Awtrey selected to head summer undergraduate research program for National Security Agency

The NSA grant will bring nine students selected from a national pool to Elon to work with Awtrey and participate in the Elon’s Summer Undergraduate Research Experience.   

A.L. Hook Professor of Science and Mathematics Chad Awtrey  has been selected for an $83,000 National Security Agency grant that will fund a one-year summer undergraduate research experience at Elon for nine students selected from a national pool. 

Chad Awtrey,&nbsp;<span style=”font-size: 13.9997px;”>A.L. Hook Professor of Science and Mathematics</span>
With support from the NSA, these students will work on a team led by Awtrey and Sebastian Pauli, associate professor at the University of North Carolina at Greensboro, during the coming summer and will participate in Elon’s Summer Undergraduate Research Experience (SURE) program. The summer program will focus on computational research on local fields and Galois groups — areas of pure math theory that have been a research focus for Awtrey as he has mentored undergraduates.

The participating students come from a variety of backgrounds. They are from eight states, four are female, four come from liberal arts colleges, and three come from underrepresented populations.

Awtrey, an associate professor of mathematics and associate director of undergraduate research, has mentored more than 30 Elon student research projects, with his students going on to produce more than 20 publications in peer-reviewed journals and more than 70 presentations at regional and national conferences. Awtrey also works with Robin French ’15 and other faculty and students at Williams High School in Burlington, N.C., on research and other enrichment activities through a Mathematical Association of America grant.

Awtrey notes that this is Elon’s first federally-funded REU (Research Experience for Undergraduates) grant and Elon’s first grant from the NSA. “We are excited about this opportunity, as it adds to the growth and quality of Elon’s Undergraduate Research Program in general and the SURE program in particular,” Awtrey said. “In the coming years, we will be looking to expand the number of federally-funded REU grants that Elon receives as well as the number of disciplines that receive such funding.”

The NSA grant-funded program has the dual goal of preparing undergraduates for careers in mathematics and other STEM fields while also generating new mathematical knowledge in the areas of local fields and Galois theory. Students will develop research skills including background mathematical knowledge as well as computer programming.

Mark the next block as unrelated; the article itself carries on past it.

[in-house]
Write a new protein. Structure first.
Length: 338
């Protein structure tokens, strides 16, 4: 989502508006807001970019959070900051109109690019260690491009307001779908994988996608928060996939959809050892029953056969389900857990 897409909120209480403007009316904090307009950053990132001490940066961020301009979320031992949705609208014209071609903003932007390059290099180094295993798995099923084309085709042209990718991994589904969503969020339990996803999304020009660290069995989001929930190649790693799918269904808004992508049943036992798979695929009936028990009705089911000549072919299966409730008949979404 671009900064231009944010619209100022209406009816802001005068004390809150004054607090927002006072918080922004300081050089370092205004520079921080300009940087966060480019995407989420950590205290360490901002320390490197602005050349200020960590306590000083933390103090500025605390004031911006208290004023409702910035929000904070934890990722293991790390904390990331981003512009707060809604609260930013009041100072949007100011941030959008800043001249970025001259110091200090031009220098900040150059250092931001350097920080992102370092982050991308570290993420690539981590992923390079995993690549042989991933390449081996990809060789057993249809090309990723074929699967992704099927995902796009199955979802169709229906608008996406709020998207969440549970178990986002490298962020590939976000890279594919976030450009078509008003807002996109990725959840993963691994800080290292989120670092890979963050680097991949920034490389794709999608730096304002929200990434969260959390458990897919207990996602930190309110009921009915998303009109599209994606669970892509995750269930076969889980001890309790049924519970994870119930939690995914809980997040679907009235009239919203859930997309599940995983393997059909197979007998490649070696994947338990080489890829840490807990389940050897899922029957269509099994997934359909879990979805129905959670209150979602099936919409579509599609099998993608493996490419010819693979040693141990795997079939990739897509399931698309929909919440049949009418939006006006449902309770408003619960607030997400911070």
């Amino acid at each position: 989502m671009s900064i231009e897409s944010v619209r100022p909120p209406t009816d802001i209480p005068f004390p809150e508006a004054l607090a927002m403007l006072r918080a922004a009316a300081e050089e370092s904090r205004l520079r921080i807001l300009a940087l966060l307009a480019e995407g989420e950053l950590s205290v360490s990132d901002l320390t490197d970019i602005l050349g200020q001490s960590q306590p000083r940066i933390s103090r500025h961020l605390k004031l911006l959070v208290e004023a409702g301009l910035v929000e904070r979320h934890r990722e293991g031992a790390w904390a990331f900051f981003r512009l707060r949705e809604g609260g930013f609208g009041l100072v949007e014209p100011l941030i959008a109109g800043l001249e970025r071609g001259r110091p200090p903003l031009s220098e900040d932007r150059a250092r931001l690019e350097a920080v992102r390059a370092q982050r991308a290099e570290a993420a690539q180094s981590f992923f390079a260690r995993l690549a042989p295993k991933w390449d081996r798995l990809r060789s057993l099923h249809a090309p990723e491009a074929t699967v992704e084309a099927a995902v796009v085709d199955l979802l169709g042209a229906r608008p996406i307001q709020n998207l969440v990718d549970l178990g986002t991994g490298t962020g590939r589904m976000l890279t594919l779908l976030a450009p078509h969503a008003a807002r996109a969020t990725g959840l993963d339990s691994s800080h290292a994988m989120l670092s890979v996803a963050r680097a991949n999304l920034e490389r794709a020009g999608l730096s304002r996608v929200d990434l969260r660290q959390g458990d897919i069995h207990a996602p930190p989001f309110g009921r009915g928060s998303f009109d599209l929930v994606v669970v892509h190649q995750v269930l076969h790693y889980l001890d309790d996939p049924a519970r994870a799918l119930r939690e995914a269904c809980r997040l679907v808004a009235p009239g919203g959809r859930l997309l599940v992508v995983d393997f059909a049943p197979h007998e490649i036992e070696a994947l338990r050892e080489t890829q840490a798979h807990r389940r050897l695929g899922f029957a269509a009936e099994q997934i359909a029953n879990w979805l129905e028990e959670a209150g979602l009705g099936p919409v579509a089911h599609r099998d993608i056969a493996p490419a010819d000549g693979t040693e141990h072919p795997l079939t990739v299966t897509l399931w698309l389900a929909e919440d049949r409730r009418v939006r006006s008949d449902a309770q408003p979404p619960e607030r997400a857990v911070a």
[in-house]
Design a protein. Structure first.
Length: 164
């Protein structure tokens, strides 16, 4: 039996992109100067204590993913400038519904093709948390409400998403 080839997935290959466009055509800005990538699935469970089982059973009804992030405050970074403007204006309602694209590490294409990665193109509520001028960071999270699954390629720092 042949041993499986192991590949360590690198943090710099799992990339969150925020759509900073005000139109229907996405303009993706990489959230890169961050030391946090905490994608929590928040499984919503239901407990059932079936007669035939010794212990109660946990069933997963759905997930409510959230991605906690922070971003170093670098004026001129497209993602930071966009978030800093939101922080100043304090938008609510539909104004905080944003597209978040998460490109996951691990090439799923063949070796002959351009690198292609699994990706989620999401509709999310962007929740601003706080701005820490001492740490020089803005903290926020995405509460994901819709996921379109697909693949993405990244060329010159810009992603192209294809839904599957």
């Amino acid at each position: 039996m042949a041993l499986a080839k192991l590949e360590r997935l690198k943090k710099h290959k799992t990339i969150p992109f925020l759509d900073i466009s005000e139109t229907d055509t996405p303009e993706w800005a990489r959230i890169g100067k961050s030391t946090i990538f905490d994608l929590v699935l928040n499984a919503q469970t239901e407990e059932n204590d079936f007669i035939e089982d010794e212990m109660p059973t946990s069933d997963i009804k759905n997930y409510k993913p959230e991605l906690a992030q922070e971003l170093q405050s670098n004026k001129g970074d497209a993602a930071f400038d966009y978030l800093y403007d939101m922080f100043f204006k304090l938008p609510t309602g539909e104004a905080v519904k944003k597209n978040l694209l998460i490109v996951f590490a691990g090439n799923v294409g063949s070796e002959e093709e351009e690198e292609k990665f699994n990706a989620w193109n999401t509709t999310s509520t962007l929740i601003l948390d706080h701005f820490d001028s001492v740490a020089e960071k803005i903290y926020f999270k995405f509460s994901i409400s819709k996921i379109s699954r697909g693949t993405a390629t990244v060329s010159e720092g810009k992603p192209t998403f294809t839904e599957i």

The actual projects the students will be exploring lie at the intersection of several areas of current mathematical research; namely, prime numbers and symmetries of mathematical equations. Prime numbers are the basic building blocks of all numbers, since every integer greater than one can be written as a product of prime numbers in essentially one way. Perhaps the most interesting application of prime numbers is to the field of cryptology (the art of data encryption and decryption). 

Similarly, the basic building blocks of mathematical equations are objects known as polynomials. Every polynomial exhibits symmetries, and studying these symmetries reveals many important arithmetic properties of the corresponding equations. 

The principal motivating questions the REU students will try to answer is the following: “Given a polynomial whose coefficients are sums of powers of a particular prime number, what are the symmetries of this polynomial?” In order to answer this question, the students will need to develop new mathematical theory as well as new mathematical algorithms for implementation in computer software programs. 

During the eight-week program, participating students will hone their research skills while also being exposed to career options in academia, business and industry, as well as what graduate school opportunities might exist. Students will be developing a research question, identifying pertinent literature, writing computer code, formulating conjectures, proving theorems and preparing a presentation of their work.

The program will include workshops, mentoring, community building and a capstone project to be presented at Elon’s Summer Undergraduate Research Experiences Poster Session in July.  Students and mentors will also submit all results for publication in peer-reviewed journals and make all computer programs freely available on the REU’s website.